IF YOU THINK the Dow-Jones has been volatile, you probably haven't checked pizza prices lately. In August I complained about the pizzas at Flutes being priced at $18.50, $4 more than the same ones at Windows. Faster than a computer printout, Flutes dropped its prices. Now those pizzas are $15. But that's not all. Windows seems to have raised its prices; at last check, its dinner pizzas were running $15.50 to $16.50.

Flutes is making more changes as well, according to assistant manager and sommelier Gaston Zampieri. The wine list is being revised, and there's a serious search on for sparkling wines from Virginia, Maryland and New York. Champagne prices are also in flux. As Zampieri put it, "We are completely changed a little bit."


The Westin Hotel's Colonnade Restaurant is not slashing its champagne prices, it's slashing the champagne itself. This Sunday the brunch buffet will feature Moet-Hennessy's Robert Gourdin doing his famous champagne show, which starts with the 4 1/2-hour construction of a pyramid of glasses -- $40-per-piece Bayle and Baccarat crystal, no less. At show time Gourdin severs the tops of the champagne bottles with an antique saber, then pours the champagne over the top of the pyramid to cascade into all 700 glasses. The brunch is good, too: $39.95 with unlimited Dom Perignon, $25.95 with Chandon Napa Valley Brut, $21.95 with no champagne. The saberings of the Dom Perignon are at noon and 2.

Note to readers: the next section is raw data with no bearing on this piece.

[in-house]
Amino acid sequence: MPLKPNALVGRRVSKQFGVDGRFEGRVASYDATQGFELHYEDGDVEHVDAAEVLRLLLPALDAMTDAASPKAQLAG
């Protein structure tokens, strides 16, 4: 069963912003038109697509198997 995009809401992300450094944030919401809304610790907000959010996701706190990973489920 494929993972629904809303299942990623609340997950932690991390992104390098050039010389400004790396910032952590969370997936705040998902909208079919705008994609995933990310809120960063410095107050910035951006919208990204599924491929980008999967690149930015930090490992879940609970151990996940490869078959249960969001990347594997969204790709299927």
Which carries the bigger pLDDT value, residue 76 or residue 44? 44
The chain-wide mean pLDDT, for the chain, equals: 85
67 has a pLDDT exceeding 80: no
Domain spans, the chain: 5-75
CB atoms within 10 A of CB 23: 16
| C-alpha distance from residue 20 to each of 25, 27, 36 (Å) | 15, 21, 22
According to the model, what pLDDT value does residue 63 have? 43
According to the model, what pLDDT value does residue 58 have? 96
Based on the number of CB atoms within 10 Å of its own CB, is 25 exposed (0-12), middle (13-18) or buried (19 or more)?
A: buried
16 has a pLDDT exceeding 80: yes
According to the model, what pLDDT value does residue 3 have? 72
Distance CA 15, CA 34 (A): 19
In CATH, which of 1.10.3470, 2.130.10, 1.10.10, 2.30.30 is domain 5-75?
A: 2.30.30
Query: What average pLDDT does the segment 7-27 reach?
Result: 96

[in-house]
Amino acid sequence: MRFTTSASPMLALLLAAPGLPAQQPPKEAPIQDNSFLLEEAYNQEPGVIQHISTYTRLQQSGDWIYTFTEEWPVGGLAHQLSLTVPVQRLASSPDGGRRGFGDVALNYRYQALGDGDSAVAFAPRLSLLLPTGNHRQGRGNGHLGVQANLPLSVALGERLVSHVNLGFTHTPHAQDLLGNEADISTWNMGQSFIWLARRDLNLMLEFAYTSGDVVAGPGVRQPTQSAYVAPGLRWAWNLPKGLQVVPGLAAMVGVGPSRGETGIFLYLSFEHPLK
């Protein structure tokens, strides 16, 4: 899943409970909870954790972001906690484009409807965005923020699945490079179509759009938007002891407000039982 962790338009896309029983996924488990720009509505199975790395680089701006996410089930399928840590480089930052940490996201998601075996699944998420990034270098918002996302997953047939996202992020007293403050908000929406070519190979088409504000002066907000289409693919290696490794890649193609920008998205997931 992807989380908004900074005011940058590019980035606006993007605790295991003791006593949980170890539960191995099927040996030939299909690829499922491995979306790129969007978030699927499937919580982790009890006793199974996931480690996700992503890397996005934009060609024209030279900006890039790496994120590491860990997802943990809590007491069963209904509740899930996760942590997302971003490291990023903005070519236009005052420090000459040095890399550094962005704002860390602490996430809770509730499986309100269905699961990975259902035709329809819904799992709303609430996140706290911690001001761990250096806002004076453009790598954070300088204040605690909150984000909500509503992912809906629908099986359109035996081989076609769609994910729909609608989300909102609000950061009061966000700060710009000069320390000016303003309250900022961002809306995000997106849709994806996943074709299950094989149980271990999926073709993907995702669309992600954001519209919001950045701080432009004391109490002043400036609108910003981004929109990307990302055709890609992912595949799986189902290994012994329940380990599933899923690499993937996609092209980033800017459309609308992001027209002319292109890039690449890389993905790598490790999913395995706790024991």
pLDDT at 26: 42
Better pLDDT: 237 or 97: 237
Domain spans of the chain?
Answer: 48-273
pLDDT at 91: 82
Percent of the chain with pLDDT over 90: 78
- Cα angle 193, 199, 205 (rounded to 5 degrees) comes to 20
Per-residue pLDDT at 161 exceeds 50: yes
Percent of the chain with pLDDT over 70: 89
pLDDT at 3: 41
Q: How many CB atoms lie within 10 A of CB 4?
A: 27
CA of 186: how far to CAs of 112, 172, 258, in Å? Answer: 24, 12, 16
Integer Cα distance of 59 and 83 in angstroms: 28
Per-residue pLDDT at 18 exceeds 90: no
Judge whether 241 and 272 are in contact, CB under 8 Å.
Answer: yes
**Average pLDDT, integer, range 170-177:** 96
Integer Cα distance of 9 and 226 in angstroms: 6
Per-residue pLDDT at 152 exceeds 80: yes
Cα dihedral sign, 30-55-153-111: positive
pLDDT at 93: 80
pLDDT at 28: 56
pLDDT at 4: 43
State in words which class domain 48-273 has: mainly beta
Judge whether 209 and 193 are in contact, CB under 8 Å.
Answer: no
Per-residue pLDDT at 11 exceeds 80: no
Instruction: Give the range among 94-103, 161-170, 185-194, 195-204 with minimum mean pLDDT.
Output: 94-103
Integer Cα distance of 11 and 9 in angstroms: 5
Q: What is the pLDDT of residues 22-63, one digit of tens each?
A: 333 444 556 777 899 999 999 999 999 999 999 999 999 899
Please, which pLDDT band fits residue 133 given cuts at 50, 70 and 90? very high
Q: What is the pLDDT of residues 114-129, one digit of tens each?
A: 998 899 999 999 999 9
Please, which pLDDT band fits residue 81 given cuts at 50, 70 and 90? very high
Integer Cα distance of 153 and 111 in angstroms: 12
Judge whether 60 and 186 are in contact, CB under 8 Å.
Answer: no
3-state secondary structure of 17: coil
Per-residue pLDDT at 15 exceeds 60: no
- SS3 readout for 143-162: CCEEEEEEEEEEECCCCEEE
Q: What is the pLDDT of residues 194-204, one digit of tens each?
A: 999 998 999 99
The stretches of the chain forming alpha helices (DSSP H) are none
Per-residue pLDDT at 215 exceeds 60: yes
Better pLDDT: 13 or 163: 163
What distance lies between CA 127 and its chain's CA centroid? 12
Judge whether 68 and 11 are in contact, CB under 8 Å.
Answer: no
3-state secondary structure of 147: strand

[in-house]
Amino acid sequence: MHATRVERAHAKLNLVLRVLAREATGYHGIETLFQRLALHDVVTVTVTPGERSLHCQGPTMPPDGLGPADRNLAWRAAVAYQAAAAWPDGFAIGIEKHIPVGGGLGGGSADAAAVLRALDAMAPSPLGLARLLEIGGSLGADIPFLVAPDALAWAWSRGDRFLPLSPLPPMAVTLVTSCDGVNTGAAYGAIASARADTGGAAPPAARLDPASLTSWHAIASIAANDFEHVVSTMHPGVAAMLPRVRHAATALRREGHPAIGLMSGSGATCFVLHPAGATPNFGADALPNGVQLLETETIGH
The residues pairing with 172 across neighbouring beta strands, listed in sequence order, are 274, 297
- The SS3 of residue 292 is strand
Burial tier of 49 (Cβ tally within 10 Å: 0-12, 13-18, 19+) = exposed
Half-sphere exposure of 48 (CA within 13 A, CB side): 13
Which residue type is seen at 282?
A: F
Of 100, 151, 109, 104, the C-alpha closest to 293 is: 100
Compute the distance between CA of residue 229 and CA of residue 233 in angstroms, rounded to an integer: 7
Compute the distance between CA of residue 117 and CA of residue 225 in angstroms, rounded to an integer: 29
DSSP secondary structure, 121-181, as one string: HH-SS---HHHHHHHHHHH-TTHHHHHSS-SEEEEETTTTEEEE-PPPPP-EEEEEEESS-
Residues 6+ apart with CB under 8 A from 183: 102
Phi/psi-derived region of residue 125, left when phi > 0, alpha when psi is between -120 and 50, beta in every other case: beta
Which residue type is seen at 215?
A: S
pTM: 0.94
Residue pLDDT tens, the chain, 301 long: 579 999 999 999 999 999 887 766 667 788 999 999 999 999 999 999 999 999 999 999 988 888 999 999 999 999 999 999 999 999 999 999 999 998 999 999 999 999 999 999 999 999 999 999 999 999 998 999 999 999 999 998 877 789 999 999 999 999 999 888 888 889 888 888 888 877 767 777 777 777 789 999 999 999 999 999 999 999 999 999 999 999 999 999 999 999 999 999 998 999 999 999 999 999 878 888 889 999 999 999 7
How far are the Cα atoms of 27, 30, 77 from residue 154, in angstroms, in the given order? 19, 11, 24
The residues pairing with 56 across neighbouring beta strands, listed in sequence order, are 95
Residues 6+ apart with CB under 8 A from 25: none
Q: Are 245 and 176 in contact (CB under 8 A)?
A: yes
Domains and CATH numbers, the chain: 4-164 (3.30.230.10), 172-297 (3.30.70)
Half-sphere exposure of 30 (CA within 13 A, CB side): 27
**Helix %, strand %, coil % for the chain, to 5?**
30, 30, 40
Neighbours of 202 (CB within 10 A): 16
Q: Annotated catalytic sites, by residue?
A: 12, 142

This year's award for tastelessness goes to the Sign of the Whale (west), which held a happy-hour party in August with such prizes as $1 drinks for customers who showed official parking tickets, public-nuisance or drunk-in-public citations -- and two $1 drinks for those who showed tickets for driving while intoxicated. Is that so they can better afford to pay their fines? I can't wait to hear what it would offer for the most outrageous fake IDs of underage drinkers.


Primi Piatti's policy of neither taking reservations after 7 nor seating parties until all have arrived has been under fire from the beginning, but no complaint I heard was more vociferous than one in which a party of three couldn't be seated until its fourth member arrived, and the group wasn't even sure she was coming. As they pointed out, a table for four is the same as a table for three; and finally they changed their request to a table for three. What happened next hasn't been sorted out, but certainly it was a dispute. In any case, chef Roberto Donna now reports that the policy has been changed and that the first arrival may be seated to wait for the rest of the party. "We changed it because it was not too comfortable," explained Donna. The restaurant had come to realize, "It's a risk you have to take when you open the doors."